Tyson Fury is "ready" for a title comeback in September as uncle and trainer Peter is confident comeback is imminent

Alam Khan 13/07/2017
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Tyson Fury could be set for a sensational title comeback in September – if he gets his boxing licence back.

The controversial Briton hasn’t fought since dethroning heavyweight legend Wladimir Klitschko in 2015.

Having tested positive for cocaine while in America, Fury was charged by UK Anti-Doping (UKAD) and stripped of his licence by the British Boxing Board of Control.

But Peter Fury, Tyson’s trainer and uncle, is hoping an imminent decision will allow the 28-year-old to join the undercard for cousin Hughie Fury’s bout on September 23 for the WBO crown held by New Zealander Joseph Parker.

“What we are looking at (regarding the decision) is the next couple of weeks and if that’s the case, all being well, he will join Hughie on this bill,” said Peter. “And we will look to get him some form of title too, so it won’t be just a journeyman against him, or a run out, because he is training at the moment.

“He’s ready. I’ve always said if you can fight you can fight. This guy is unique and when he fights he will have sparred 5-600 rounds.”

Tyson made an appearance at Hughie’s press conference with Parker on Tuesday to promote their showdown at Manchester Arena and Peter is hoping he can now put the troubled times behind him and focus on proving he is the best heavyweight, despite Anthony Joshua claiming the WBA, IBF and IBO belts after beating Klitschko himself in April.

“I can’t speak for what was going on in Tyson’s mind and he’s had a fair few issues to deal with,” added Peter, who also trains son Hughie.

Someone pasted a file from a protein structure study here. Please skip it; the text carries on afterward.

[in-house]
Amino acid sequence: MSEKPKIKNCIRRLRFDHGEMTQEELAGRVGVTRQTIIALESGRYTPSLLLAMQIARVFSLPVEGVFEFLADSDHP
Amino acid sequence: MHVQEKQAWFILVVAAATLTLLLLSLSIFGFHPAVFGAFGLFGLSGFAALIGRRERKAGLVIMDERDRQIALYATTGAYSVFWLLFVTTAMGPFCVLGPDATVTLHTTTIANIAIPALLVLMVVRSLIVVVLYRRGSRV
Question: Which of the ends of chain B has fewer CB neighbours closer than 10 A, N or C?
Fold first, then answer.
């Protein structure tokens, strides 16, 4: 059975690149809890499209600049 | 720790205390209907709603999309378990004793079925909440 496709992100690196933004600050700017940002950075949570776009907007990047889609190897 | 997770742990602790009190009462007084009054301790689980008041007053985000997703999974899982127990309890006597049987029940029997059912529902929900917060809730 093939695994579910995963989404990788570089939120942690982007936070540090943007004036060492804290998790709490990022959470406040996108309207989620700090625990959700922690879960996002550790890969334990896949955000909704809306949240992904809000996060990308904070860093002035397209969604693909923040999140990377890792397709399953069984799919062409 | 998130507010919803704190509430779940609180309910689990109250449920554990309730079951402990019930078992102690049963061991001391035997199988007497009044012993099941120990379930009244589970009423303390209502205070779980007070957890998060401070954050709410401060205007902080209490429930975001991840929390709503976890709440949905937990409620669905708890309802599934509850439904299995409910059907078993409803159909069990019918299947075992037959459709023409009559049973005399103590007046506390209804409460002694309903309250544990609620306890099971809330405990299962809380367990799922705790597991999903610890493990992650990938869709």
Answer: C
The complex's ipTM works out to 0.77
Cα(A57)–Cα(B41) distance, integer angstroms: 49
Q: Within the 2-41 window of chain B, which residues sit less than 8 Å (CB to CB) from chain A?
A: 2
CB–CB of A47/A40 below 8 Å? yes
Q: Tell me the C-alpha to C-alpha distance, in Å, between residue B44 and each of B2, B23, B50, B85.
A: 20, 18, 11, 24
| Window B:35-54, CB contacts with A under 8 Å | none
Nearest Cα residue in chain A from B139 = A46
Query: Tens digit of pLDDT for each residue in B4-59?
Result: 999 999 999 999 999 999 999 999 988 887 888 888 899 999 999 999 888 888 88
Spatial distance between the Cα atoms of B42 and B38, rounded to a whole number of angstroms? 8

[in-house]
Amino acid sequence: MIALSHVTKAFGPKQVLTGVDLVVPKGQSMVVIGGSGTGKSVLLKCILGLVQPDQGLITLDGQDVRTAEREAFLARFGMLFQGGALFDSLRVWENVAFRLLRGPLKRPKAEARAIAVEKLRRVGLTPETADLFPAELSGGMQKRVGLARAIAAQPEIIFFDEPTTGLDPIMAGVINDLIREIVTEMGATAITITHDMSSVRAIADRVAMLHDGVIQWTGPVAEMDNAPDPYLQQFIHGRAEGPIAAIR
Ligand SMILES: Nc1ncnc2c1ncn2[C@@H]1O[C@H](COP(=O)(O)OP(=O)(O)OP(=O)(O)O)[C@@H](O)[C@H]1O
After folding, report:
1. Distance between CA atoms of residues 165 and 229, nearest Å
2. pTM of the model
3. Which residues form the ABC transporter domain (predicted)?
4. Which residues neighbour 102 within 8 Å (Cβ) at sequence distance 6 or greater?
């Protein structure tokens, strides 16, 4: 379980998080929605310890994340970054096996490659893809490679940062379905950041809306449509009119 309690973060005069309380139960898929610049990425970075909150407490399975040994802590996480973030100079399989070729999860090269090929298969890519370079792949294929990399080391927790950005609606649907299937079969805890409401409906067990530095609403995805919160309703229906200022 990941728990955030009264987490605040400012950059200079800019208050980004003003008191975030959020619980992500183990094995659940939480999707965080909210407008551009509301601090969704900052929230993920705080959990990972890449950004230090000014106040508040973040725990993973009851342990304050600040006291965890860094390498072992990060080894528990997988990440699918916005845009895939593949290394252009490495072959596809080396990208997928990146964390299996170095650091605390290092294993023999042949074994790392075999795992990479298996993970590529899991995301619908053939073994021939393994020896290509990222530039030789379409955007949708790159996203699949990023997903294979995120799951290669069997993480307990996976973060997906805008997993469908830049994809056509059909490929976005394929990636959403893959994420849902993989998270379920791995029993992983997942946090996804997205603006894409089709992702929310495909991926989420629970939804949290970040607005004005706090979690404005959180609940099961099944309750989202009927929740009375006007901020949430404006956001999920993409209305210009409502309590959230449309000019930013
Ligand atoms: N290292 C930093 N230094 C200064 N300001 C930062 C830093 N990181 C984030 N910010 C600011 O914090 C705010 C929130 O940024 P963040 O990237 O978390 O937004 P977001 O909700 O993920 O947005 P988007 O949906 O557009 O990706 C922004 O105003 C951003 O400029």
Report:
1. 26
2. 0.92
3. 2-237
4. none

“But it’s over now. Boxing is where he belongs. I think he’s the best heavyweight in the world. I wanted him to defend that belt and keep on defending for the next 10 years and build a massive legacy for himself.

“But I also think everything happens for a reason and this was meant for him. I think he will come back a stronger person and a better fighter as well.”

And should Tyson be cleared to box then a much-anticipated clash with Joshua could be on the cards in 2018.

“Probably September, October time next year, that’s a real possibility for him against Joshua,” added Peter. “I think it’s what the public want to see absolutely. It will be in Britain, it’s a fight for Britain.

“Joshua can fight and has been brought on well and done his job. But the applause, I’m in this job for one thing and that’s proving my fighters are the best in the world – and the only way of doing that is slicing through the division. Tyson has had enough of a lay-off now and am looking to get him back in September and next year it’s full on for him.”

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Manny Pacquiao "not surprised" as WBO upheld loss to Jeff Horn after review but tweet indicates he won't retire

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Manny Pacquiao is “not surprised” the World Boxing Organization affirmed the loss of his welterweight title to Australian Jeff Horn, but the Philippine ring legend railed at large at judges who “manipulated results”.

The WBO ordered a review of the scoring of the July 2 Brisbane bout at the request of the Philippines’ Games and Amusements Board, which criticised the judges and the referee.

The WBO set up a panel of independent and anonymous judges to watch the bout without sound and determine who won each round. On Tuesday it said the judges found Horn won seven rounds to Pacquiao’s five.

“We have seen worse judgments in the past where judges manipulated results. Nothing surprises me now,” Pacquiao said in a statement late Tuesday.

He did not name the judges nor mention the specific fights in his allegations.

“Let the people judge for themselves. People saw what happened,” said the 38-year-old, who had won world titles in an unprecedented eight weight divisions.

The undefeated but unheralded Horn, 29, had stunned the Filipino legend with his ultra-aggressiveness to earn a unanimous decision.

But the Filipino’s camp alleged the referee let the Australian get away with illegal tactics.

The WBO ordered the review while stressing it did not have the power to reverse a decision unless fraud or law violations were proven.